Purchase this article with an account.
Julia M. Marcantonio, Jean-Marie Rakic, Gijs F. J. M. Vrensen, George Duncan; Lens Cell Populations Studied in Human Donor Capsular Bags with Implanted Intraocular Lenses. Invest. Ophthalmol. Vis. Sci. 2000;41(5):1130-1141. doi: https://doi.org/.
Download citation file:
© ARVO (1962-2015); The Authors (2016-present)
purpose. Posterior capsule opacification is an ongoing cellular redistribution
process. The level of viable cell coverage was therefore determined in
human donor capsular bags with implanted intraocular lenses, and
cellular morphology and ultrastructure were investigated in relation to
cell type and level of differentiation.
methods. Donor capsular bags, retrieved at intervals of 4 months to 13 years
after surgery, were investigated by phase optics before fixation.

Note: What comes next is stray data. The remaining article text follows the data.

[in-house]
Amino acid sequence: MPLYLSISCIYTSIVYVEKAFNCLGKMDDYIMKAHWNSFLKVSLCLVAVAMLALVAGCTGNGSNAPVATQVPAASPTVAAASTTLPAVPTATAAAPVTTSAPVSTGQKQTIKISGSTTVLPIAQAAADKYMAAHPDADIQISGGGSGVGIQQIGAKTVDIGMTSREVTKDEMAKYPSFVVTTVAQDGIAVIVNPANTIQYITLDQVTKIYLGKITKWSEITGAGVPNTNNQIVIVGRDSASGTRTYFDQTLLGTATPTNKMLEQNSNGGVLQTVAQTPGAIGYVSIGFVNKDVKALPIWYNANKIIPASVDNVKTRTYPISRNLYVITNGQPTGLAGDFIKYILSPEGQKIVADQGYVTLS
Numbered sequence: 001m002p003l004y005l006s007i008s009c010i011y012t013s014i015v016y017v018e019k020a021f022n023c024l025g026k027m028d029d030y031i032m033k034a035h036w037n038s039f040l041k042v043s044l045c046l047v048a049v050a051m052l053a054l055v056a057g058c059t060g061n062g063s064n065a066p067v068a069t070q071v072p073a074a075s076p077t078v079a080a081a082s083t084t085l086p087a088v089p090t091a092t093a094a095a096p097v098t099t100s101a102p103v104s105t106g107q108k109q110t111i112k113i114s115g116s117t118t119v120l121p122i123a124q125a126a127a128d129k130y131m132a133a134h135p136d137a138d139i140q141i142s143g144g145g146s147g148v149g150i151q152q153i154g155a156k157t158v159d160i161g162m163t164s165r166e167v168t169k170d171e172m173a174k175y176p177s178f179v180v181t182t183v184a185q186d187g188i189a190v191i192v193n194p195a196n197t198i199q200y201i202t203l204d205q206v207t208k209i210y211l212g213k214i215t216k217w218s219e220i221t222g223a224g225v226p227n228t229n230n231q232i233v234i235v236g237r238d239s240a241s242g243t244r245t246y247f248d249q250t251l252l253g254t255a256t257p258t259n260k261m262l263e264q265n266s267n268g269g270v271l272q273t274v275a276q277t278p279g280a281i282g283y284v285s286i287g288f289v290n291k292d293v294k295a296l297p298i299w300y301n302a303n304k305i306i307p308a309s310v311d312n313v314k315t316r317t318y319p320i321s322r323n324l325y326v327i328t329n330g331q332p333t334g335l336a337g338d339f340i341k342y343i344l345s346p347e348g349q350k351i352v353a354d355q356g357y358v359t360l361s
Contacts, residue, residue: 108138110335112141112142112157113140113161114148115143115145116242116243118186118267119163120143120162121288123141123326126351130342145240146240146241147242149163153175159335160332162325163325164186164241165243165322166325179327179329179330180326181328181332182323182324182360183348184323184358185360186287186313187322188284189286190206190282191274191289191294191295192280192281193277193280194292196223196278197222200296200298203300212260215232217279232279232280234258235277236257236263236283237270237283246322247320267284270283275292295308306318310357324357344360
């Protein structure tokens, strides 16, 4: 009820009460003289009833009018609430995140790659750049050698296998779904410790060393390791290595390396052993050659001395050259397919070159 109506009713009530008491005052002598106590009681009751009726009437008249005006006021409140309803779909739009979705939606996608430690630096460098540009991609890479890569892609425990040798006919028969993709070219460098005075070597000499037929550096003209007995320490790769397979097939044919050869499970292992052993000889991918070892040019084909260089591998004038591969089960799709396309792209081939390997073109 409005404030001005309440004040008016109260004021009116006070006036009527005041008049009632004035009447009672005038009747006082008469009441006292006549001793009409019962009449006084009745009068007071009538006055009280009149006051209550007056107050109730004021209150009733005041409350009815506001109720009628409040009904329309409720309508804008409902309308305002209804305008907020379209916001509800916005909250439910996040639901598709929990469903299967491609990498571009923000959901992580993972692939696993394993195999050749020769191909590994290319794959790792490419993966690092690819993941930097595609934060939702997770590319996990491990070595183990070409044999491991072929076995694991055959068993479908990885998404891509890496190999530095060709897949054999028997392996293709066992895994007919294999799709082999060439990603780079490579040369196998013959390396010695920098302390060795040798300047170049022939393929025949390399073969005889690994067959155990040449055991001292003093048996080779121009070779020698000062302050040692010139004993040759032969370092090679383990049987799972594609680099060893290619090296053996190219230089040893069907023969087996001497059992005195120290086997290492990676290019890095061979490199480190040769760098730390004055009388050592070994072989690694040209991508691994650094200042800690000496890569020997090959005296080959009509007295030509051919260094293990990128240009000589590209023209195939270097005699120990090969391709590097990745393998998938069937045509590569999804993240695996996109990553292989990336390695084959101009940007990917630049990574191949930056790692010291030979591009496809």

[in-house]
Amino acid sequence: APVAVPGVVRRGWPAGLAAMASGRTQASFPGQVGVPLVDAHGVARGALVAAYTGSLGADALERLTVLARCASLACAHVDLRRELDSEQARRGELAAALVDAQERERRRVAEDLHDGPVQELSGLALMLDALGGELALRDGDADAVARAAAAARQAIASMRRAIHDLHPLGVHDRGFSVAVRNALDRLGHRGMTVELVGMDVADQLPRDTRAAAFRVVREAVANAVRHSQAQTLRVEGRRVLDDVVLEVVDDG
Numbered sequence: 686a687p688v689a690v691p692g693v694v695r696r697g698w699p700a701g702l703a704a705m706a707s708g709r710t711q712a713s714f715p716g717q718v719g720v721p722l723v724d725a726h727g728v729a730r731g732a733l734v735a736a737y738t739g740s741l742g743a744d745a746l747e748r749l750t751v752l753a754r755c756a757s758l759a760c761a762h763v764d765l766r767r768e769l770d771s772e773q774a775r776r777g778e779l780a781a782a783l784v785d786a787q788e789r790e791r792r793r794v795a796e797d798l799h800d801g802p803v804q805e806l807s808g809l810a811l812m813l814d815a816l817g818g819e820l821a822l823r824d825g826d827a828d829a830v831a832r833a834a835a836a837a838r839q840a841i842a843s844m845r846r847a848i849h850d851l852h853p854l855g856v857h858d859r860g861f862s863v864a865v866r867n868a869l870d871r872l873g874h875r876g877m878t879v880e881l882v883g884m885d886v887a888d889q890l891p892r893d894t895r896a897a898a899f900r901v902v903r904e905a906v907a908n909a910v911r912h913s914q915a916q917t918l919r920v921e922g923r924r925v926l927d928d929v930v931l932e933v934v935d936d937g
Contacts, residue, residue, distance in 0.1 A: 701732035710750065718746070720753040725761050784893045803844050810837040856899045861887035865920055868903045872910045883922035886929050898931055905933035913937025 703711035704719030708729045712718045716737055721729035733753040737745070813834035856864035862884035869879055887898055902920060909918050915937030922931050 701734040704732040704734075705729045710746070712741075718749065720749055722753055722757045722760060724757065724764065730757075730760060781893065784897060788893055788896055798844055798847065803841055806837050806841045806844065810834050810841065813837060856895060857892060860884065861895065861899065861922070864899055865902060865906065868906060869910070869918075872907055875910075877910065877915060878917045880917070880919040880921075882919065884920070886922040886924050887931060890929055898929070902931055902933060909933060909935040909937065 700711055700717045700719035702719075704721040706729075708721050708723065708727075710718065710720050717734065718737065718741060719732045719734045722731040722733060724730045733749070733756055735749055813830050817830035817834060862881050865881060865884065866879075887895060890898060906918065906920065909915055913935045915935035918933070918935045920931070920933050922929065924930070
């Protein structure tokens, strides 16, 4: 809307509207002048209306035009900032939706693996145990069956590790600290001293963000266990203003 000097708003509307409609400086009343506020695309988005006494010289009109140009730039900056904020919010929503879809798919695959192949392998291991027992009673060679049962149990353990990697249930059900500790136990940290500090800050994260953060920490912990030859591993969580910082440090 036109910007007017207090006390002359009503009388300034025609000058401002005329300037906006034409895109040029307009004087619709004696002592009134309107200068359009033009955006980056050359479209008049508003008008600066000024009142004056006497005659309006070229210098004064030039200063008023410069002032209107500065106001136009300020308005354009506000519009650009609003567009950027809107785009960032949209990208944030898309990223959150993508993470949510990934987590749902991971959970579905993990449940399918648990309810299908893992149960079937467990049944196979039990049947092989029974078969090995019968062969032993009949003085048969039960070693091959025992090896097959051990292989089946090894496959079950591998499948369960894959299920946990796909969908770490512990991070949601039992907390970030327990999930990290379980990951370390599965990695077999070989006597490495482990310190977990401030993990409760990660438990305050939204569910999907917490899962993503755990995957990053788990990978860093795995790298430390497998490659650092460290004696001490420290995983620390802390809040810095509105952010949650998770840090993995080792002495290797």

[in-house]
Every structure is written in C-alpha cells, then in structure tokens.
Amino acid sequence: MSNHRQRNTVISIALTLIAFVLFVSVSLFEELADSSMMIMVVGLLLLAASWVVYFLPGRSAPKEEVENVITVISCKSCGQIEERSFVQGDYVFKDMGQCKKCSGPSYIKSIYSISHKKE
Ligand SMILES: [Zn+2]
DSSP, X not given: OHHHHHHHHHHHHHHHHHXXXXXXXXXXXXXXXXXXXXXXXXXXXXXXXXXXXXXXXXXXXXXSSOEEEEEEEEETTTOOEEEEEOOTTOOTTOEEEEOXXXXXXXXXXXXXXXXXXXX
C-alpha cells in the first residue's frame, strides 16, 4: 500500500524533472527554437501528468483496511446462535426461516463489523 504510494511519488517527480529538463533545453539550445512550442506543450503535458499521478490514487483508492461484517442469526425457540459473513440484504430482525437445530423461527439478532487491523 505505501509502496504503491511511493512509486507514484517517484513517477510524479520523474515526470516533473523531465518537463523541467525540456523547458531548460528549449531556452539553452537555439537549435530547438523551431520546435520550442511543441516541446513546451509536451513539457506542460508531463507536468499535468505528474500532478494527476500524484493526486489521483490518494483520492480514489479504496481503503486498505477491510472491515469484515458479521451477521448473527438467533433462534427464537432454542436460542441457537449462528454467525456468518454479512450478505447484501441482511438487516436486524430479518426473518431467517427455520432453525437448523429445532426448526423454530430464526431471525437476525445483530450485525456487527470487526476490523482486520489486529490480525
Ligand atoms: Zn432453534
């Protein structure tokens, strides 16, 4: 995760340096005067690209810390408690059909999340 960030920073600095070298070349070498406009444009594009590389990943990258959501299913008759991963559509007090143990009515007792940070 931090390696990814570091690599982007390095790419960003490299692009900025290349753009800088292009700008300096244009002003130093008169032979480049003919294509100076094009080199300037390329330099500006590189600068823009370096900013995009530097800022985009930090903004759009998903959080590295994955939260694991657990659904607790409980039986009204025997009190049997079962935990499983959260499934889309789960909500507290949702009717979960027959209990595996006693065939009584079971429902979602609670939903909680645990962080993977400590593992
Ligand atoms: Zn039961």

Postfixation techniques included scanning electron microscopy and
transmission electron microscopy of sections and immunofluorescent
staining of cytoskeletal proteins in wholemounts.
results. All the capsular bags contained a large population of viable cells on
the capsular surfaces. Cells on the anterior face of the anterior
capsule and in the spaces around the intraocular lens had an elongated
morphology and expressed α-smooth muscle actin. The cells formed
light-scattering, multilayered aggregates and strands that were
surrounded by layers of extracellular matrix. The regions between the
intraocular lens and the equator of the bags were populated by
monolayers of epithelial cells of normal morphology and ultrastructure,
on both the anterior and posterior capsules. In some regions the apical
surfaces of the two epithelial monolayers were in contact, and in some
parts of the equatorial regions, differentiation of cells into
well-organized fiberlike cells was evident.
conclusions. Human capsular bags contain a large population of viable cells for many
years after cataract surgery. Cells in the regions around the
intraocular lens undergo transition to a mesenchymal type. Cells
peripheral to these regions can form a stable closed microenvironment
in which both normal epithelial morphology and differentiation to
fiberlike cells are maintained.
This PDF is available to Subscribers Only